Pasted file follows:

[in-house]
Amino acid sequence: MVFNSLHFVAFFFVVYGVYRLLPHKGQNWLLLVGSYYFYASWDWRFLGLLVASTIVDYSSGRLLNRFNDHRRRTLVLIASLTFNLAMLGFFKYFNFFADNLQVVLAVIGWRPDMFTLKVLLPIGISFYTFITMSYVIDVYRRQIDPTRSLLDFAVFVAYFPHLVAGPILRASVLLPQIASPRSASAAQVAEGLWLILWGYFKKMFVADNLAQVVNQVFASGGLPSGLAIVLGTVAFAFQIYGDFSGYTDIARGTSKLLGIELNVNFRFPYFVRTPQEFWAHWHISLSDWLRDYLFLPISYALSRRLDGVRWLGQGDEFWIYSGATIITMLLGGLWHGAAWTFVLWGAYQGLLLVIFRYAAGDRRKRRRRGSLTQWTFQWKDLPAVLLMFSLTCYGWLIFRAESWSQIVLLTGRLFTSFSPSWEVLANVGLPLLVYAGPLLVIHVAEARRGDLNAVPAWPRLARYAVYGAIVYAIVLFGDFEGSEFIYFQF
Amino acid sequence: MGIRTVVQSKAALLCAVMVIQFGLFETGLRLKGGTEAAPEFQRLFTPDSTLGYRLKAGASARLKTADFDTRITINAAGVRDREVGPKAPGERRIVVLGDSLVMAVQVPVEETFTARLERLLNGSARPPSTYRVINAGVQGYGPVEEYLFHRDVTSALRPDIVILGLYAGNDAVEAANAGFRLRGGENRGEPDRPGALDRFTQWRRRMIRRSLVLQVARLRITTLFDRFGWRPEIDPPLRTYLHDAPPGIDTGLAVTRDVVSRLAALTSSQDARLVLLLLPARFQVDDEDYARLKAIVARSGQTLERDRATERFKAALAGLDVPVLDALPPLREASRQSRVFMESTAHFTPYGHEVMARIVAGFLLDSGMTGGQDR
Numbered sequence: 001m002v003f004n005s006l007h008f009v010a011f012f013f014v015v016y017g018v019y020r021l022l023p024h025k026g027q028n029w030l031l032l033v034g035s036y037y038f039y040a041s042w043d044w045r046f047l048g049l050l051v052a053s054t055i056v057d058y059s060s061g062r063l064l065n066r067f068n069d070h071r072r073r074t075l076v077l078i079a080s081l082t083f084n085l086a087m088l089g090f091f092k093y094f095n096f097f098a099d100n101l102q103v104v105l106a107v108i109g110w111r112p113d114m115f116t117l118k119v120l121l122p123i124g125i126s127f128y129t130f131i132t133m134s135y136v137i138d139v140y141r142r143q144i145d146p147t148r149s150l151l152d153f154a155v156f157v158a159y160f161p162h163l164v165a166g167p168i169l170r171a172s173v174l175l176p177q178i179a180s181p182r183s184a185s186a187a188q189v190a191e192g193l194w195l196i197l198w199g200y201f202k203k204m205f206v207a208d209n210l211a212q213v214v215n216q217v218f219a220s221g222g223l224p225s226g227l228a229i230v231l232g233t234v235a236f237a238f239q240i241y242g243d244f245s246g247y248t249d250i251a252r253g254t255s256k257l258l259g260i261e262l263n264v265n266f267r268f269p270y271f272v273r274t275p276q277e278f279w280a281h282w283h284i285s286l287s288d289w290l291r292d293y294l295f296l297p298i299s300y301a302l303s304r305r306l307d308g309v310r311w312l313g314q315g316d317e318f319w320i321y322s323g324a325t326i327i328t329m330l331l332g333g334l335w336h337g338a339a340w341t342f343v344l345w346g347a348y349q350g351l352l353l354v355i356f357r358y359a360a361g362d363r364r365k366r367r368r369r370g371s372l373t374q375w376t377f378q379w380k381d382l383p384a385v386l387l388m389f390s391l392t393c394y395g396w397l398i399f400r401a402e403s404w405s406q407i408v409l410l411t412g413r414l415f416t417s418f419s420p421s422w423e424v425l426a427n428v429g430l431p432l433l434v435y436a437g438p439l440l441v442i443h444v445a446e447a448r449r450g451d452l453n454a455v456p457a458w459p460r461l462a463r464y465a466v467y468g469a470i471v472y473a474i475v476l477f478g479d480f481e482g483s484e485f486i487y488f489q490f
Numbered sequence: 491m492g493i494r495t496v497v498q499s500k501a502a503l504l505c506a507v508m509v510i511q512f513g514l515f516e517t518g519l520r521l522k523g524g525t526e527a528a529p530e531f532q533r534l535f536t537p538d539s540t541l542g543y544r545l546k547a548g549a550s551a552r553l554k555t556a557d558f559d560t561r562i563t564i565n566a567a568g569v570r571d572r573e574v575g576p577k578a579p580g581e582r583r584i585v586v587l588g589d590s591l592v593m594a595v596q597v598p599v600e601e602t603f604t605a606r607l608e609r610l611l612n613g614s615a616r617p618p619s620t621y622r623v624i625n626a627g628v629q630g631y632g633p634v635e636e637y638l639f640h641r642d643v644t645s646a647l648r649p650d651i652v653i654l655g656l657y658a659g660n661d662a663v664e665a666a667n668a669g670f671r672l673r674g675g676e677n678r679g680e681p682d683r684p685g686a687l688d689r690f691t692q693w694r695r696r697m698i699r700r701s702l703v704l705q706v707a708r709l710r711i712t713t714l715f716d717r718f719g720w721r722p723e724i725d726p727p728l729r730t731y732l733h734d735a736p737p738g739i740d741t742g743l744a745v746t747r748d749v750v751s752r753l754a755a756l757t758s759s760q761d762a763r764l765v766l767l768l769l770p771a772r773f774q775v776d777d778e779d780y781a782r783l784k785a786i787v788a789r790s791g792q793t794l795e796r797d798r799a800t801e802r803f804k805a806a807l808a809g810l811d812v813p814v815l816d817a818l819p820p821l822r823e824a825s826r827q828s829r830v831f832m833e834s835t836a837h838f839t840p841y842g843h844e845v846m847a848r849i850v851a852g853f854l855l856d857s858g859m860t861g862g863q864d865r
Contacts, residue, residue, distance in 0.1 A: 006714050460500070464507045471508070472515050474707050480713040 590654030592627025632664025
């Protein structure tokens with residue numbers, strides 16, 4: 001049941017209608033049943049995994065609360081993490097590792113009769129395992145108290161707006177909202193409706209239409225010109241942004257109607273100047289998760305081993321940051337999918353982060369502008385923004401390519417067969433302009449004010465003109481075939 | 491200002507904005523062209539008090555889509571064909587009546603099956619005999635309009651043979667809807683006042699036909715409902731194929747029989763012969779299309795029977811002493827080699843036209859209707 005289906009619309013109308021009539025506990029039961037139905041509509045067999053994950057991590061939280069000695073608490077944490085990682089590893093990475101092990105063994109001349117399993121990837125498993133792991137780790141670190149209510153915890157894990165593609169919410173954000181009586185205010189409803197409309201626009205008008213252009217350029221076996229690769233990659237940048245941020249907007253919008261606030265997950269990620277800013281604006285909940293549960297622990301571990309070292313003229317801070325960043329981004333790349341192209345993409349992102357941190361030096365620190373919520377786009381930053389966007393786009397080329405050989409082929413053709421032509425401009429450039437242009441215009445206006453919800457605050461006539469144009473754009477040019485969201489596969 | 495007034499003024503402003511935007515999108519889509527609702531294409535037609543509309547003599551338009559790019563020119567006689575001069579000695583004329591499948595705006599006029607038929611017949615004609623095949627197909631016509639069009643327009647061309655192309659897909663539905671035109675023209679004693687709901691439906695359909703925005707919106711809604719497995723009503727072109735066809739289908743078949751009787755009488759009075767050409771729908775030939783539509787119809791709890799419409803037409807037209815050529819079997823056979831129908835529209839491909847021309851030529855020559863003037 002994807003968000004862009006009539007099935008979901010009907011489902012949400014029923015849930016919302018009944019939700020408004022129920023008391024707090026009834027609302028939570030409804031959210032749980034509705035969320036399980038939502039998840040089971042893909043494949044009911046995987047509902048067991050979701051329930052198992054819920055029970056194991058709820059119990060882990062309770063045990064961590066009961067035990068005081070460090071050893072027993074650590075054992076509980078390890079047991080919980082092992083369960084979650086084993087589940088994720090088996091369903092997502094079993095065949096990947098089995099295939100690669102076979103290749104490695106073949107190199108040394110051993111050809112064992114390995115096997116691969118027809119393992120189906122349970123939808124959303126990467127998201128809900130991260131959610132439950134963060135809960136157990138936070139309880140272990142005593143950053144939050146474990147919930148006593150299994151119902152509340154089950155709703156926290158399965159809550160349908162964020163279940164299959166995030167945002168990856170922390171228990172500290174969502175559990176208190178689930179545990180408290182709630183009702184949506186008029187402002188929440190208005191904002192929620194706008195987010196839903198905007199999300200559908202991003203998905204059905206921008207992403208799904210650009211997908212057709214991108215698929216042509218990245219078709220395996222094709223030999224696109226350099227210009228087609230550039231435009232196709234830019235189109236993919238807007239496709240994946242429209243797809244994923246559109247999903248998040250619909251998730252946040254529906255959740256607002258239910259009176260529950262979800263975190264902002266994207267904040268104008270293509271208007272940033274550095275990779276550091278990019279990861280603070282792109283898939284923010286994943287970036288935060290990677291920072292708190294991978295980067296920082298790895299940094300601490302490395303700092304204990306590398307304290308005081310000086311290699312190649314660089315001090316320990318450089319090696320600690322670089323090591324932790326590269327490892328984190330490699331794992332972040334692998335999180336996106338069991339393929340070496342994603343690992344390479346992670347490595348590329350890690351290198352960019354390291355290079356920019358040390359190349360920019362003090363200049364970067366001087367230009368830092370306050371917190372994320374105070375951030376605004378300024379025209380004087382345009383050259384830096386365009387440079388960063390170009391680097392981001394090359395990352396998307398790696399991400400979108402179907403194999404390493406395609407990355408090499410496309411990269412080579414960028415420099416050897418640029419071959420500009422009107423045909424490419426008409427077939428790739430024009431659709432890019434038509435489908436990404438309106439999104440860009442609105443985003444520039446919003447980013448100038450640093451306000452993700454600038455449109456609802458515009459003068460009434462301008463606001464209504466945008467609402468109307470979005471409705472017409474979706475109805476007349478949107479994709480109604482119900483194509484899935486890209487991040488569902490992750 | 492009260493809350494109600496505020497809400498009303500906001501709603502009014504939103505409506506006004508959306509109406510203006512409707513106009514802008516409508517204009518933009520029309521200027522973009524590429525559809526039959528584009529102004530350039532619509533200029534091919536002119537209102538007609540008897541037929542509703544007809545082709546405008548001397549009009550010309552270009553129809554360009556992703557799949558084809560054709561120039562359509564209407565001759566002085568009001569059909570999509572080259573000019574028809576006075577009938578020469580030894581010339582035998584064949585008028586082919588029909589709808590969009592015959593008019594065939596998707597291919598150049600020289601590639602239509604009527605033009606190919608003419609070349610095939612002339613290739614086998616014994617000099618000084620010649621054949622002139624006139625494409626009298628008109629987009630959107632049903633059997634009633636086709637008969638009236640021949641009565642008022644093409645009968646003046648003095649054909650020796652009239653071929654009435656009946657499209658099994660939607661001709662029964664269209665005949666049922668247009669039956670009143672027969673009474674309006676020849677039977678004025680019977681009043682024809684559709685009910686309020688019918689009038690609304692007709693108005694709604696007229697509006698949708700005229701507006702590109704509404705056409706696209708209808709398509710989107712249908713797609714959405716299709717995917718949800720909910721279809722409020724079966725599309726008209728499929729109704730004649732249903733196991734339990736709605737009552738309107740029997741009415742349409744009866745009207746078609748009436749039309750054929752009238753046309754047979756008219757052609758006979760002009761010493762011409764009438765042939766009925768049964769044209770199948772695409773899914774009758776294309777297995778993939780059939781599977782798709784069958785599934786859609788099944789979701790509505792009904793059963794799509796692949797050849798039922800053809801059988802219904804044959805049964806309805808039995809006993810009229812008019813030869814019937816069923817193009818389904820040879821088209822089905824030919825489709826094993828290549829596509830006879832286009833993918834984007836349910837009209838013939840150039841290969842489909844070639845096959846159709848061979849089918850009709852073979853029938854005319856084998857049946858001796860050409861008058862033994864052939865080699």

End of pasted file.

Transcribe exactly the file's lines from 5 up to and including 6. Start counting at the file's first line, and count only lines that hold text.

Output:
Numbered sequence: 491m492g493i494r495t496v497v498q499s500k501a502a503l504l505c506a507v508m509v510i511q512f513g514l515f516e517t518g519l520r521l522k523g524g525t526e527a528a529p530e531f532q533r534l535f536t537p538d539s540t541l542g543y544r545l546k547a548g549a550s551a552r553l554k555t556a557d558f559d560t561r562i563t564i565n566a567a568g569v570r571d572r573e574v575g576p577k578a579p580g581e582r583r584i585v586v587l588g589d590s591l592v593m594a595v596q597v598p599v600e601e602t603f604t605a606r607l608e609r610l611l612n613g614s615a616r617p618p619s620t621y622r623v624i625n626a627g628v629q630g631y632g633p634v635e636e637y638l639f640h641r642d643v644t645s646a647l648r649p650d651i652v653i654l655g656l657y658a659g660n661d662a663v664e665a666a667n668a669g670f671r672l673r674g675g676e677n678r679g680e681p682d683r684p685g686a687l688d689r690f691t692q693w694r695r696r697m698i699r700r701s702l703v704l705q706v707a708r709l710r711i712t713t714l715f716d717r718f719g720w721r722p723e724i725d726p727p728l729r730t731y732l733h734d735a736p737p738g739i740d741t742g743l744a745v746t747r748d749v750v751s752r753l754a755a756l757t758s759s760q761d762a763r764l765v766l767l768l769l770p771a772r773f774q775v776d777d778e779d780y781a782r783l784k785a786i787v788a789r790s791g792q793t794l795e796r797d798r799a800t801e802r803f804k805a806a807l808a809g810l811d812v813p814v815l816d817a818l819p820p821l822r823e824a825s826r827q828s829r830v831f832m833e834s835t836a837h838f839t840p841y842g843h844e845v846m847a848r849i850v851a852g853f854l855l856d857s858g859m860t861g862g863q864d865r
Contacts, residue, residue, distance in 0.1 A: 006714050460500070464507045471508070472515050474707050480713040 590654030592627025632664025